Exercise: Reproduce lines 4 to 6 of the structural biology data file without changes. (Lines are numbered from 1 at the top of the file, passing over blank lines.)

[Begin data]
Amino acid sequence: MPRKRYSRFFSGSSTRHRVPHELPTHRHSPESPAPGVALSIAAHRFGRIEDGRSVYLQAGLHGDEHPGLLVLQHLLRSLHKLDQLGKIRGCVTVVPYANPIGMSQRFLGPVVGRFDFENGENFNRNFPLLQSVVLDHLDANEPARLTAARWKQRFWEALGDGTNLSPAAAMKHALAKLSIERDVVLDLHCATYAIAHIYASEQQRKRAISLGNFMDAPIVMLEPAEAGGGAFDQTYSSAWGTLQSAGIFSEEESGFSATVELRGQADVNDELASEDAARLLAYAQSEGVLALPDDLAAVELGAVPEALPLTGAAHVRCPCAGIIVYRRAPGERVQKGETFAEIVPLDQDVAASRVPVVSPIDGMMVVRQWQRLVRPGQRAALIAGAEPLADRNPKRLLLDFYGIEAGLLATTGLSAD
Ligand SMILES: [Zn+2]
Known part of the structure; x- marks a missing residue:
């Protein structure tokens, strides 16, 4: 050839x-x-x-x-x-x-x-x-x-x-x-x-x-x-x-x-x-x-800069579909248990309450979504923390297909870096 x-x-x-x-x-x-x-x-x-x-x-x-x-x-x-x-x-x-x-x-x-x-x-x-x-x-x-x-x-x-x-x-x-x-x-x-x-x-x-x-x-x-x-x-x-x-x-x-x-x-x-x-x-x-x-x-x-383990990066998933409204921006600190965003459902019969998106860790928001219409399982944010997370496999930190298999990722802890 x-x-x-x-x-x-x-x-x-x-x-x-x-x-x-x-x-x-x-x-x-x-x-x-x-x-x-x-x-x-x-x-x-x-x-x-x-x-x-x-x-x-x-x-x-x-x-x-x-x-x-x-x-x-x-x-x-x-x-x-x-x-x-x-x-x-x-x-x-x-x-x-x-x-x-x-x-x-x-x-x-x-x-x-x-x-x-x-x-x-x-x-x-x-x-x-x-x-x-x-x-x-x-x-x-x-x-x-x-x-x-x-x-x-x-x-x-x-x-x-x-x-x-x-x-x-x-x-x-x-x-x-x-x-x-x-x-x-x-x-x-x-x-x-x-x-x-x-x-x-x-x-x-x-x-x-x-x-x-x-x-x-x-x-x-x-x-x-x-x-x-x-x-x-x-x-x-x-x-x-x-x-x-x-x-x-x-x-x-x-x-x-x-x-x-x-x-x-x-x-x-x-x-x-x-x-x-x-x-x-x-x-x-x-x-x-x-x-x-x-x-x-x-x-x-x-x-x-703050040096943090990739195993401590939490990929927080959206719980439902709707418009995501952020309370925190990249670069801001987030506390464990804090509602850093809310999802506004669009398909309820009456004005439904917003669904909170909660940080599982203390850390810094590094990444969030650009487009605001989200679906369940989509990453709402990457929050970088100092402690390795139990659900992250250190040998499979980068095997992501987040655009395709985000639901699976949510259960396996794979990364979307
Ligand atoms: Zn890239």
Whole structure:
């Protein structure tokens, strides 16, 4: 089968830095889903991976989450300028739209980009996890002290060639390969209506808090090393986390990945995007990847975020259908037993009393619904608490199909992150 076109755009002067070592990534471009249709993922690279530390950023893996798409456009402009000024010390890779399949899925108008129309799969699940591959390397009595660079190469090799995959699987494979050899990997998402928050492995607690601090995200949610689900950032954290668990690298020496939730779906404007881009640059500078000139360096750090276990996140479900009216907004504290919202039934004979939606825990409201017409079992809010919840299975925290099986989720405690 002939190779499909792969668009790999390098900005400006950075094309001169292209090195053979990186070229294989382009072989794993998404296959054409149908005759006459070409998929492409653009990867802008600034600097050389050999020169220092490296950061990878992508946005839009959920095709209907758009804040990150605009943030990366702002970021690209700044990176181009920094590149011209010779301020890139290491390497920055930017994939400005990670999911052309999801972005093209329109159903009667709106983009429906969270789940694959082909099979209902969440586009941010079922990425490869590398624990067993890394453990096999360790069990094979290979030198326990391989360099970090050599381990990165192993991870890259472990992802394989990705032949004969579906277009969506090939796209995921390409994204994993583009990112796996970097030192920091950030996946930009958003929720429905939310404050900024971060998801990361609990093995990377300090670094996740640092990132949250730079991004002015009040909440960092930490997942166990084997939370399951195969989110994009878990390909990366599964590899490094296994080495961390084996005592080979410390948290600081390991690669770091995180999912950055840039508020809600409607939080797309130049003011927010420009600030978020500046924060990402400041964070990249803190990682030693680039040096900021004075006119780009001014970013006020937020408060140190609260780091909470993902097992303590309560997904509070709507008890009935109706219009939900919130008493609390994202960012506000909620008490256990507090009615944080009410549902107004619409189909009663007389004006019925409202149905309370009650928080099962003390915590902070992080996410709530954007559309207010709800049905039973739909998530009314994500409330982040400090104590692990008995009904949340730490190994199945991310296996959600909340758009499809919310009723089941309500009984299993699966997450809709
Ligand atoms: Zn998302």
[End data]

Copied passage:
């Protein structure tokens, strides 16, 4: 050839x-x-x-x-x-x-x-x-x-x-x-x-x-x-x-x-x-x-800069579909248990309450979504923390297909870096 x-x-x-x-x-x-x-x-x-x-x-x-x-x-x-x-x-x-x-x-x-x-x-x-x-x-x-x-x-x-x-x-x-x-x-x-x-x-x-x-x-x-x-x-x-x-x-x-x-x-x-x-x-x-x-x-x-383990990066998933409204921006600190965003459902019969998106860790928001219409399982944010997370496999930190298999990722802890 x-x-x-x-x-x-x-x-x-x-x-x-x-x-x-x-x-x-x-x-x-x-x-x-x-x-x-x-x-x-x-x-x-x-x-x-x-x-x-x-x-x-x-x-x-x-x-x-x-x-x-x-x-x-x-x-x-x-x-x-x-x-x-x-x-x-x-x-x-x-x-x-x-x-x-x-x-x-x-x-x-x-x-x-x-x-x-x-x-x-x-x-x-x-x-x-x-x-x-x-x-x-x-x-x-x-x-x-x-x-x-x-x-x-x-x-x-x-x-x-x-x-x-x-x-x-x-x-x-x-x-x-x-x-x-x-x-x-x-x-x-x-x-x-x-x-x-x-x-x-x-x-x-x-x-x-x-x-x-x-x-x-x-x-x-x-x-x-x-x-x-x-x-x-x-x-x-x-x-x-x-x-x-x-x-x-x-x-x-x-x-x-x-x-x-x-x-x-x-x-x-x-x-x-x-x-x-x-x-x-x-x-x-x-x-x-x-x-x-x-x-x-x-x-x-x-x-x-703050040096943090990739195993401590939490990929927080959206719980439902709707418009995501952020309370925190990249670069801001987030506390464990804090509602850093809310999802506004669009398909309820009456004005439904917003669904909170909660940080599982203390850390810094590094990444969030650009487009605001989200679906369940989509990453709402990457929050970088100092402690390795139990659900992250250190040998499979980068095997992501987040655009395709985000639901699976949510259960396996794979990364979307
Ligand atoms: Zn890239």
Whole structure: